A NEW company which aims to commercialise mobile devices which can detect diseases on the spot and potentially save many lives has won a funding boost.
The joint venture between Newcastle nanotechnology firm Orla ProteinTechnologies, which owns 80% of the business OJ-Bio, and multi-billion pound Japanese electronics giant Japan Radio has taken another step forward with a near £100,000 grant from regional development agency One North East.
Orla is combining its biotechnology expertise with JRC’s manufacturing capabilities to develop hand-held devices which can diagnose diseases by taking an on-the-spot sample of a bodily fluid via a special chip.
The device will send the results wirelessly to a third party, making it ideal for airport quarantine situations. OJ-Bio products could be ready within a year, though it may take longer for mass production.
As current samples need to be taken and sent to a diagnostic laboratory for analysis and the results then relayed to doctors for diagnosis, OJ-Bio’s system will drastically reduce disease detection from weeks to a matter of days, if not even hours, which should ultimately help to halt or slow down the spread of diseases.
Orla chief executive Dale Athey said: “The new devices have the potential to revolutionise patient testing, allowing for rapid sensitive detection at the point of care where there is no need for complicated equipment and wireless transmission can send results instantly to a network.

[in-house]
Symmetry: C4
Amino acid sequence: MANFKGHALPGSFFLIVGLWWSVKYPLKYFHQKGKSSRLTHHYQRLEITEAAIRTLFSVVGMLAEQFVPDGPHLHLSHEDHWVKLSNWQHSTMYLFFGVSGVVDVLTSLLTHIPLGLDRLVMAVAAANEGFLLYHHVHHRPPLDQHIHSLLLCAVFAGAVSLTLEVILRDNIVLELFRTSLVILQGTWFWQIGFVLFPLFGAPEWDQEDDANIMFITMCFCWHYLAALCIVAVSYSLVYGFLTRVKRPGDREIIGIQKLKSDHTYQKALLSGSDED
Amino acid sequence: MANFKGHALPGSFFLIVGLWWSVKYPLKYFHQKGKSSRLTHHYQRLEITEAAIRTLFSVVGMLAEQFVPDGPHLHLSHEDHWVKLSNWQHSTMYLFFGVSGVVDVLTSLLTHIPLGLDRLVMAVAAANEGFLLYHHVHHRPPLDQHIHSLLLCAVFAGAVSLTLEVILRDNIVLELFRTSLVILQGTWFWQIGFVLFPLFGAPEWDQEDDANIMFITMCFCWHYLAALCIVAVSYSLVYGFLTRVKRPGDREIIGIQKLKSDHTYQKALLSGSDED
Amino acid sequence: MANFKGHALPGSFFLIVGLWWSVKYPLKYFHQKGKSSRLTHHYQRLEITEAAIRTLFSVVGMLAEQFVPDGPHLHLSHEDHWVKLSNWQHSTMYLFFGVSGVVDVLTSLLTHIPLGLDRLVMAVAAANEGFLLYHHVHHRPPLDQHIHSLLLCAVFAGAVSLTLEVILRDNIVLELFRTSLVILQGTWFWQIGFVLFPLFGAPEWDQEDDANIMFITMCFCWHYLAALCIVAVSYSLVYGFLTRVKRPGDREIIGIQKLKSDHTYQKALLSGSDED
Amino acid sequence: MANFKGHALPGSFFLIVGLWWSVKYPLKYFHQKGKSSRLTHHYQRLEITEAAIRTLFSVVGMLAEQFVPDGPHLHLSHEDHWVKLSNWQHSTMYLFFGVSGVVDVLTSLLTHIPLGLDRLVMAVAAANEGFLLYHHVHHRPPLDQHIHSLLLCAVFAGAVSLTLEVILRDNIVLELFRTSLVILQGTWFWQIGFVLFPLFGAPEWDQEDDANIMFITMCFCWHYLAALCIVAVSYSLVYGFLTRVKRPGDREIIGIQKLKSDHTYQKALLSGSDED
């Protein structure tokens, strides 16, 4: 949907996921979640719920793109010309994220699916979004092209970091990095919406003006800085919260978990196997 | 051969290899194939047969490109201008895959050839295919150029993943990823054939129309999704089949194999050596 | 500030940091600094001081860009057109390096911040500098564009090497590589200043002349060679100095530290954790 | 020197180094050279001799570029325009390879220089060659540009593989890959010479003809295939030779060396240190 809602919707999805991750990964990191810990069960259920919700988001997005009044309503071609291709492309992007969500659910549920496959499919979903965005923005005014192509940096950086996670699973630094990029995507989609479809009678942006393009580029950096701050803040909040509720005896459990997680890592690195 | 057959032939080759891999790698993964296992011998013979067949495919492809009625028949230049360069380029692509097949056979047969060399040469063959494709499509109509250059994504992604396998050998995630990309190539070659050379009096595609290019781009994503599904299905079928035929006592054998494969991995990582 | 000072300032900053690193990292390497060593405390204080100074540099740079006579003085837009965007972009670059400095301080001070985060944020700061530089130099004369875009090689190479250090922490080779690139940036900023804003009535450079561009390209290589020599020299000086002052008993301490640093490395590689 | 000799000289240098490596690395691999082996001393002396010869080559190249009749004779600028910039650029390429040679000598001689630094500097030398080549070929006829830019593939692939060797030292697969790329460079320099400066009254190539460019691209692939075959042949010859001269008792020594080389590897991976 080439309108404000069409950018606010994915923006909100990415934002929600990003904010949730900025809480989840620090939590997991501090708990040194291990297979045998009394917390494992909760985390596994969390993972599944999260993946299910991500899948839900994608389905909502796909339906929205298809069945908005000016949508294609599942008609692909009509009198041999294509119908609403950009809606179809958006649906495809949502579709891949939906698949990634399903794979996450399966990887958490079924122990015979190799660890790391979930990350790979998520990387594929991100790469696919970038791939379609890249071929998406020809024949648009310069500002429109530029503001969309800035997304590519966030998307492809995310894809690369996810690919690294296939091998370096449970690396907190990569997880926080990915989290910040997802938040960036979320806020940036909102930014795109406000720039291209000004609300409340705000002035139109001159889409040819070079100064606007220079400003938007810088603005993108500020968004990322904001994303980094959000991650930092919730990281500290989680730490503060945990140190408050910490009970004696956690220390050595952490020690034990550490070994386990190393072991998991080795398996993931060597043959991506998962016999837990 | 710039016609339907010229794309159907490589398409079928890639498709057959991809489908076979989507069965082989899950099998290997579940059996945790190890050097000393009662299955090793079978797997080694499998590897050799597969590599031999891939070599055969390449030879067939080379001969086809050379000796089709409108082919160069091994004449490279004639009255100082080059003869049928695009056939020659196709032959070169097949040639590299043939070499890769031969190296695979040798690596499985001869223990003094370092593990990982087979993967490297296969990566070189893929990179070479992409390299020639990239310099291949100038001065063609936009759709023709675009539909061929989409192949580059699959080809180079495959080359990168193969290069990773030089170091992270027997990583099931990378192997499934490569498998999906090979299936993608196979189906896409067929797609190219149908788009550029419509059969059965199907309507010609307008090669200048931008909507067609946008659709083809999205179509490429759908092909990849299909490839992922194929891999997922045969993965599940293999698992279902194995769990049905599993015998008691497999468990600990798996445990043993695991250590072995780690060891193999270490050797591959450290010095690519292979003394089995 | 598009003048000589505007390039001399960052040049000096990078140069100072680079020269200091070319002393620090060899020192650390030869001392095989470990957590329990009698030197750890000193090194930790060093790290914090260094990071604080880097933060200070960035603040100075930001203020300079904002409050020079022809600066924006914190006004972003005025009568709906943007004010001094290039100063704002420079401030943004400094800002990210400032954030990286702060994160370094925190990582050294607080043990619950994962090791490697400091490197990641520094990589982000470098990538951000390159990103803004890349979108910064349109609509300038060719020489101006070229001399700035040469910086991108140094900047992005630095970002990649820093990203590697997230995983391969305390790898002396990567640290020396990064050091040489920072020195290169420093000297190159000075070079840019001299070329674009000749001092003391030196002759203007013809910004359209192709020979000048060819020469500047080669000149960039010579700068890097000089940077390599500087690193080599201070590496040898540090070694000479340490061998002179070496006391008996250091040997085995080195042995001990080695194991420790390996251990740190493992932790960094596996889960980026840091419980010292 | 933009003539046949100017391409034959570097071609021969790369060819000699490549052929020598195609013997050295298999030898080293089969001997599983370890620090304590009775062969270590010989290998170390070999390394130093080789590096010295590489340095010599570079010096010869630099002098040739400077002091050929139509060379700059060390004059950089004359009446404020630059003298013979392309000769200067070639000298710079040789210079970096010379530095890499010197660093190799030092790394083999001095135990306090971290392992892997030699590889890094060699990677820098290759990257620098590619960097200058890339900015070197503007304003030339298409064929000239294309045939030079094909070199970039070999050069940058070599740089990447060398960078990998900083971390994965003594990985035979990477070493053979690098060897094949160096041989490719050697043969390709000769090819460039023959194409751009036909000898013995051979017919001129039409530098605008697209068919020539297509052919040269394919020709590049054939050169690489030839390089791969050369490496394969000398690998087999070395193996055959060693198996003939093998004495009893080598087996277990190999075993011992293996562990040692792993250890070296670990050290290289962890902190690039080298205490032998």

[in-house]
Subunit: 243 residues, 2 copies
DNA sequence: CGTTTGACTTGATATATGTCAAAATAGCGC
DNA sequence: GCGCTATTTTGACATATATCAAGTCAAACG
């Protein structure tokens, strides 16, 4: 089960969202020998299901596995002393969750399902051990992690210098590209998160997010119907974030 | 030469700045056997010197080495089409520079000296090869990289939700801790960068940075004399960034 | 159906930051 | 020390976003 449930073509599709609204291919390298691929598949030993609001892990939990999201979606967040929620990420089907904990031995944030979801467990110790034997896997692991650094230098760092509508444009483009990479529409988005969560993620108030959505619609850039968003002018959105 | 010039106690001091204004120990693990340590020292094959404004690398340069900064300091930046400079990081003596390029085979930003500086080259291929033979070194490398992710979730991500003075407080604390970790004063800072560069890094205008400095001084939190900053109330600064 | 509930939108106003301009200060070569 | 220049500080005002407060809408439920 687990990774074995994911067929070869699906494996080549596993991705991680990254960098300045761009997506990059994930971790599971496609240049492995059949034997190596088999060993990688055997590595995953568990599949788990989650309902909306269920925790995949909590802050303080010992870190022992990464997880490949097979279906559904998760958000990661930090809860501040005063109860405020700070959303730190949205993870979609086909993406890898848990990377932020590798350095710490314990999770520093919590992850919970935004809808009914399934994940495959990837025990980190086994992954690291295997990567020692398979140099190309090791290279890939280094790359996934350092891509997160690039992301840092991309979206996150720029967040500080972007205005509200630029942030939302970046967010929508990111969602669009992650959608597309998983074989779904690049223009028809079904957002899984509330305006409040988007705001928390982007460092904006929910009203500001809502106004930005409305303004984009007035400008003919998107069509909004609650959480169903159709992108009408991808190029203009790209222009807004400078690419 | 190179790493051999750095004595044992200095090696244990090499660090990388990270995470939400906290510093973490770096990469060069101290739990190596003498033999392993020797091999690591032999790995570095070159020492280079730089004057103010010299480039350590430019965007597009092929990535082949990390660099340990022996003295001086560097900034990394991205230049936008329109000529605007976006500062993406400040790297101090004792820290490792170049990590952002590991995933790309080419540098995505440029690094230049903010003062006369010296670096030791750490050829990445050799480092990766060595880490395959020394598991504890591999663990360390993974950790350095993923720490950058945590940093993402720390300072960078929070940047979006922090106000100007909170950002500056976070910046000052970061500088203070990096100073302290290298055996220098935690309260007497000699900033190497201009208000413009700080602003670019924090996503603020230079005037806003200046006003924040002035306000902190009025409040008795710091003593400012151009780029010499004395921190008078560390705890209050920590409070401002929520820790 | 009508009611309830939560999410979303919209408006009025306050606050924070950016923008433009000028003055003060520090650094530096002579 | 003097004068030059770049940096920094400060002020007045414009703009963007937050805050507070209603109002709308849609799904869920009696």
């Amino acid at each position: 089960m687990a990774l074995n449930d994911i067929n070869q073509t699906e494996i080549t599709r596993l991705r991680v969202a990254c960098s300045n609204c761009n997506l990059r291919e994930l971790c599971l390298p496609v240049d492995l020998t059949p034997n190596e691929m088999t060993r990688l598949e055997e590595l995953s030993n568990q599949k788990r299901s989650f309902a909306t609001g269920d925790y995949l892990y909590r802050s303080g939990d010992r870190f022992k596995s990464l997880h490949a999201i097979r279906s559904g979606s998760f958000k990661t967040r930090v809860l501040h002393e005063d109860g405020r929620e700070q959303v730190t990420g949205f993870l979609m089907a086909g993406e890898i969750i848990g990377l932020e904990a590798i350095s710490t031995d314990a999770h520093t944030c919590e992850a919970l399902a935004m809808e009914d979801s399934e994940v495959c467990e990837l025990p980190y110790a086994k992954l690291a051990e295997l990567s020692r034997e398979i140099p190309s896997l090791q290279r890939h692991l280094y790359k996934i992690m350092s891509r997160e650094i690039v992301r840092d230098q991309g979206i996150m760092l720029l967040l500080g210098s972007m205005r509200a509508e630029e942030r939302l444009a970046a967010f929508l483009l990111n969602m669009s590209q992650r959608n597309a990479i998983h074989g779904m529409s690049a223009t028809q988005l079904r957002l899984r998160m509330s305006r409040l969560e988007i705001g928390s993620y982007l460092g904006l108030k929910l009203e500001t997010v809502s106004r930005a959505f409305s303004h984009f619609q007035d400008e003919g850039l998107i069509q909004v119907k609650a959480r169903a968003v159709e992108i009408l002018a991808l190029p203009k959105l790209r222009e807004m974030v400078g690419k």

“This sort of device will open up new opportunities in the market for rapid diagnostics. It’s a multi-million pound opportunity and will bring significant returns to Orla, its stakeholders and the North East economy.”
The product forms the final stage of the three year Virasens project led by its parent companies, in association with Newcastle University, to develop a biosensor device based on protein surface capture and surface acoustic wave (SAW) chip technologies.
The Virasens project was made possible after Orla secured £1m from a £10m pot of cash set up by the Department of Health and Technology Strategy Board. The pair identified an unmet need for mobile, disposable and rapid detection of diseases such as Avian Flu.
Dr Athey added: “The project is moving forward very well. The technical teams here at OJ-Bio and in Japan are making great progress, and we are ramping up our commercial activity as a consequence. The continued support of One North East through this R&D grant has enabled OJ-Bio to maintain momentum in a competitive market.”
Eleanor Anderson, business finance R&D specialist advisor at One North East, said: “This technology has the potential to save many thousands of lives, especially in remote and underprivileged areas of Africa and Asia where access to medical care is poor and diseases like malaria can run rife.
“For the North East, this venture stands testament to the leading scientific and manufacturing expertise that exists here. Equally so, it shows the true power of working partnerships with two world-leading experts from completely different backgrounds joining forces.”